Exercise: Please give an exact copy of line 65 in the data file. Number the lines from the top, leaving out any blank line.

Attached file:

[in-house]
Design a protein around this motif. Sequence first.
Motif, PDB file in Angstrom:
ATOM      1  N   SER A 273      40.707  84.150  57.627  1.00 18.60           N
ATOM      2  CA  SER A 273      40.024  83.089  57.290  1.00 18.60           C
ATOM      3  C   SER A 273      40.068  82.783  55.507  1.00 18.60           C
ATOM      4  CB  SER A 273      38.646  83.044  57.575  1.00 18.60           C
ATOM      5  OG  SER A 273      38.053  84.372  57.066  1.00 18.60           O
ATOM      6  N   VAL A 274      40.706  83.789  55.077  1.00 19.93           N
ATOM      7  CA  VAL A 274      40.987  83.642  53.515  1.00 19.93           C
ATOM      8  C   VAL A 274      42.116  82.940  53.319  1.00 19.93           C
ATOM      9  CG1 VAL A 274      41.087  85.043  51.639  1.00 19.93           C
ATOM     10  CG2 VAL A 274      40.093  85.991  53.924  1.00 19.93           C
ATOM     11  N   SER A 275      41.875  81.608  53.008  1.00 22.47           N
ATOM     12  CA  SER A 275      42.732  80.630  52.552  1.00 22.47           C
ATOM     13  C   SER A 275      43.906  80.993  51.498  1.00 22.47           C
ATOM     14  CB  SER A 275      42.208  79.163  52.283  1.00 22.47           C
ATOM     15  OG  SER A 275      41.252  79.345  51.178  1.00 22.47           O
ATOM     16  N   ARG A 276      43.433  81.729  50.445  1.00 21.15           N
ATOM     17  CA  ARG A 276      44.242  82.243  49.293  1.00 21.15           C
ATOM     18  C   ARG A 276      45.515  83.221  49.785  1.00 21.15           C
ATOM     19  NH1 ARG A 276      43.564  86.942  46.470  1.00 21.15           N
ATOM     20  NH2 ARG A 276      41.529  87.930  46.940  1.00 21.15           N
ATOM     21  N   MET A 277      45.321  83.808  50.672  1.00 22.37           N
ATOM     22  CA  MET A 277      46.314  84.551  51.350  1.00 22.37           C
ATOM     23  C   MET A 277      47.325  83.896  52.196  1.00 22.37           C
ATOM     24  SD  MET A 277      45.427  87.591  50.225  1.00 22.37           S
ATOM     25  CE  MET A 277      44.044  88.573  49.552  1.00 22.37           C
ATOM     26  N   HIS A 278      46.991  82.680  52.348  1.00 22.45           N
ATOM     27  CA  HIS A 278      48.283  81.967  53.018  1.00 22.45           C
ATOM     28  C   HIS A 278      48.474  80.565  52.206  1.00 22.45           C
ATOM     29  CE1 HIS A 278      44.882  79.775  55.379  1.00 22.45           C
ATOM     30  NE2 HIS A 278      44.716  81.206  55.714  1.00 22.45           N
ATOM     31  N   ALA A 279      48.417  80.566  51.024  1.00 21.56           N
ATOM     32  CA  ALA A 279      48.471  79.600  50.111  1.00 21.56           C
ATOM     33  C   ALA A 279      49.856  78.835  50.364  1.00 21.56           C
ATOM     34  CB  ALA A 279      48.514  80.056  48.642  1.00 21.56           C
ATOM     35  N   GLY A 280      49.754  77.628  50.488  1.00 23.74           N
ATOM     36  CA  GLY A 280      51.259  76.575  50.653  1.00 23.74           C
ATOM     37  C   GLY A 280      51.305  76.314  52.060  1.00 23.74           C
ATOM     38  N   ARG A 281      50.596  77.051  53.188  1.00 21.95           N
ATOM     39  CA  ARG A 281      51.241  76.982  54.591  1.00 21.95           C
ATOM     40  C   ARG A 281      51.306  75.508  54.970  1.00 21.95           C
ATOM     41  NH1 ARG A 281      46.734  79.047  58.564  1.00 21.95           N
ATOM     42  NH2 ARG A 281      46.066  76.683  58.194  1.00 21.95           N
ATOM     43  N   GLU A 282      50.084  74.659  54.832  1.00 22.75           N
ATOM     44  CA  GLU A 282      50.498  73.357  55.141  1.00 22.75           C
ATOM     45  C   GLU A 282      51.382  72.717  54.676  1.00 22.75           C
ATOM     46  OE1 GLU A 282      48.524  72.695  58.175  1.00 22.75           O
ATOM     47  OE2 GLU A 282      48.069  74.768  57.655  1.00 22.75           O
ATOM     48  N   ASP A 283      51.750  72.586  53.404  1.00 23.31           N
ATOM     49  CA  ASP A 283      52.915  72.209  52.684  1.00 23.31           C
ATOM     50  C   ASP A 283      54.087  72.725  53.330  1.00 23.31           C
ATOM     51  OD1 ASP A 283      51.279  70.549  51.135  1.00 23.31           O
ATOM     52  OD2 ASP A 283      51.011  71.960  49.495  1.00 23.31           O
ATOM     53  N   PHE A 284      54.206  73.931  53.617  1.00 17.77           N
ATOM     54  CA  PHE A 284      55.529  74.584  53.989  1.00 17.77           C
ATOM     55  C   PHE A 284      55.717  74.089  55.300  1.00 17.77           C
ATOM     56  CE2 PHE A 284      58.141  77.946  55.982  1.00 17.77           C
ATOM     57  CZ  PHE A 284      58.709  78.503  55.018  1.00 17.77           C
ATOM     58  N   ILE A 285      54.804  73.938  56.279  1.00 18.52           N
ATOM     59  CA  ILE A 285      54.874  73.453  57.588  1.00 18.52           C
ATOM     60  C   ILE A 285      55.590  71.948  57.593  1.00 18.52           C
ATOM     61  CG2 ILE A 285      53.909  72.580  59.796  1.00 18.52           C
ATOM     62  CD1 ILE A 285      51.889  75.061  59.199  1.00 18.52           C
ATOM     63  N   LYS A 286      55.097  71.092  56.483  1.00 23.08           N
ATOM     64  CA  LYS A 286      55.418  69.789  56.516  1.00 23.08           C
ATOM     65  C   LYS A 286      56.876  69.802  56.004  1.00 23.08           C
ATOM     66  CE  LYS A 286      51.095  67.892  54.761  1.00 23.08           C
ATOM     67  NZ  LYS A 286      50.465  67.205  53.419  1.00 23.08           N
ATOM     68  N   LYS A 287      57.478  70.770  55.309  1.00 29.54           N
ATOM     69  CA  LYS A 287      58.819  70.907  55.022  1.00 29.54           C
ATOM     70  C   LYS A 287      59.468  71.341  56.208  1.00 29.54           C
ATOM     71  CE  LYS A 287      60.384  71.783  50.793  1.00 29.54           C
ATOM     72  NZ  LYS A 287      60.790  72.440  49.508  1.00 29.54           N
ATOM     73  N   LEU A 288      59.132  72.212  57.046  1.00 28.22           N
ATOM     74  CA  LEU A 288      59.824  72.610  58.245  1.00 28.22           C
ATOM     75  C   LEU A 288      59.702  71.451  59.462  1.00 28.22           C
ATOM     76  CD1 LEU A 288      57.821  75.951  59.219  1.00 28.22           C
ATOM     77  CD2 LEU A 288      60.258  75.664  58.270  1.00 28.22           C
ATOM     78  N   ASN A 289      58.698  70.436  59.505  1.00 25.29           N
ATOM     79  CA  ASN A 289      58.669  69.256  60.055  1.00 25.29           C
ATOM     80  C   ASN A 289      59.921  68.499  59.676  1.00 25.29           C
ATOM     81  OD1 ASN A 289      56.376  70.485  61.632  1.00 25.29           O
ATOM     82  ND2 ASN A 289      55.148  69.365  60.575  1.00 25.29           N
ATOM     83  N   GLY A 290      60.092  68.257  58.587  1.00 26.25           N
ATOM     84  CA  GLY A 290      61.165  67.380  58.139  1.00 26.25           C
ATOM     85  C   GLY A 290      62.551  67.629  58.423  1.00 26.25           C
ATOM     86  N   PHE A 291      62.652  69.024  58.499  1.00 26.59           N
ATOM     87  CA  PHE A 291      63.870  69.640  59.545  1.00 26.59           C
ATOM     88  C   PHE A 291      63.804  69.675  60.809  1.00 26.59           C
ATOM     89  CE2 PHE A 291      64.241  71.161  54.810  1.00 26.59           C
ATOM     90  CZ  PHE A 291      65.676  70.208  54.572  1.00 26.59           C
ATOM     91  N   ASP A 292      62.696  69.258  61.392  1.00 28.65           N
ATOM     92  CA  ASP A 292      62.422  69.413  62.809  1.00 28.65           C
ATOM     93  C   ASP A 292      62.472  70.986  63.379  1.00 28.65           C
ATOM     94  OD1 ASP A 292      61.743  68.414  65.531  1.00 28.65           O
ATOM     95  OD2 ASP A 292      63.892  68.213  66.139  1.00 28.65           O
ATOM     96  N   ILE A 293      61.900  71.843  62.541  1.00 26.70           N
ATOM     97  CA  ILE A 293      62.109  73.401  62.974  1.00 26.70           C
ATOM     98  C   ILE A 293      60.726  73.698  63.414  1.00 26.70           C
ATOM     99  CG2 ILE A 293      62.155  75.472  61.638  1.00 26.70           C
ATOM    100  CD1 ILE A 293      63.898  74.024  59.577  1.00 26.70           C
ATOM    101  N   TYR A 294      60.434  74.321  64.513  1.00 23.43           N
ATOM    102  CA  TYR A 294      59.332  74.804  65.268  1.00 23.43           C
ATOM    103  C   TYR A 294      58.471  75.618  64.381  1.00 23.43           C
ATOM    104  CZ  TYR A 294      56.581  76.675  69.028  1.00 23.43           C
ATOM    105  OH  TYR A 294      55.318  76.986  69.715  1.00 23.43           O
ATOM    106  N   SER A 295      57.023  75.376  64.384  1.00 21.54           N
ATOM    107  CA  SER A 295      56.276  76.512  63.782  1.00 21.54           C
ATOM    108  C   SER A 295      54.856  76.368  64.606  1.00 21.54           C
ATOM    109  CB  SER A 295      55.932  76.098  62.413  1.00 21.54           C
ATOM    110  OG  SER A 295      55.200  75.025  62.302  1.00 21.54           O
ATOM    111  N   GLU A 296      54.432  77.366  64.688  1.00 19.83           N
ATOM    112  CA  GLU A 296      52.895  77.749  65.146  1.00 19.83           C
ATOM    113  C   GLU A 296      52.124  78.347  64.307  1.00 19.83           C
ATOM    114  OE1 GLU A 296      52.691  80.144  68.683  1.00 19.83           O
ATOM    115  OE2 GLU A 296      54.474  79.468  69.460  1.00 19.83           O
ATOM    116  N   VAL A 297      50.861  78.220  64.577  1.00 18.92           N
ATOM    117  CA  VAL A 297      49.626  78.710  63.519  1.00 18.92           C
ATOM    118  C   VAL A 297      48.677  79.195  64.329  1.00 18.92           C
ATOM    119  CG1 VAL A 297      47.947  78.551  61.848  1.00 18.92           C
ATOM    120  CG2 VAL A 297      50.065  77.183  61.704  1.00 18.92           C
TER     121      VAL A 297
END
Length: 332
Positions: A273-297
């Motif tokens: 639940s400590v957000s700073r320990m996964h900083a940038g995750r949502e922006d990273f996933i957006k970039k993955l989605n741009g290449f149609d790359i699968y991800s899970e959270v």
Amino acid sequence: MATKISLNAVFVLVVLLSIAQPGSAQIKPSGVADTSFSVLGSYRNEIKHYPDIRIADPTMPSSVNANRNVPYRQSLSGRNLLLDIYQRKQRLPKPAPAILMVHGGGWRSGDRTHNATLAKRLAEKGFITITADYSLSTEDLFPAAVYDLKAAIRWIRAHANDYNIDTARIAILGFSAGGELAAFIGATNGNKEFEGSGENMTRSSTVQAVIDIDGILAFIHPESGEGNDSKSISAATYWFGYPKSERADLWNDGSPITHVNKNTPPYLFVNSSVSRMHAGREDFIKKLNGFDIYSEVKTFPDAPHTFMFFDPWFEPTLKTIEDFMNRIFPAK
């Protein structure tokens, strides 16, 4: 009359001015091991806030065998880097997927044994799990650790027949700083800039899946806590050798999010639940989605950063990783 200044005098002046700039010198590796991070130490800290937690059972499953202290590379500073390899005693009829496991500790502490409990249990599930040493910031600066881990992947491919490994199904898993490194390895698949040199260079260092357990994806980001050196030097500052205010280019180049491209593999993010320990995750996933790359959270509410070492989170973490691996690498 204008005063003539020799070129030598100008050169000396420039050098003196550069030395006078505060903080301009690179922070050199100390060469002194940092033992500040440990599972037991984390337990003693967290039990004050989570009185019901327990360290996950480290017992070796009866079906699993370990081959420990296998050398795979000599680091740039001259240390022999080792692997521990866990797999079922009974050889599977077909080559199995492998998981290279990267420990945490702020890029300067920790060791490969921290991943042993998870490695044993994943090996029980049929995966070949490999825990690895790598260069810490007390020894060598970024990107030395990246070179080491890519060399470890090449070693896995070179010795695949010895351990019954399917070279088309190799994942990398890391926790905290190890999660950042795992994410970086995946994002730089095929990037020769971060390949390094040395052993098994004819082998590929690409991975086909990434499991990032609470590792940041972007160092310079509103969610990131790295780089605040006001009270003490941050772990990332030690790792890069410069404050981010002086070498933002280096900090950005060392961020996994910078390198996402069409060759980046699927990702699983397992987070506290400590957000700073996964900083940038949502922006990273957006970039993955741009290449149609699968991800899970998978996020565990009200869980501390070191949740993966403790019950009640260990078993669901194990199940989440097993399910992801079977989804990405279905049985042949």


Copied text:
ATOM     62  CD1 ILE A 285      51.889  75.061  59.199  1.00 18.52           C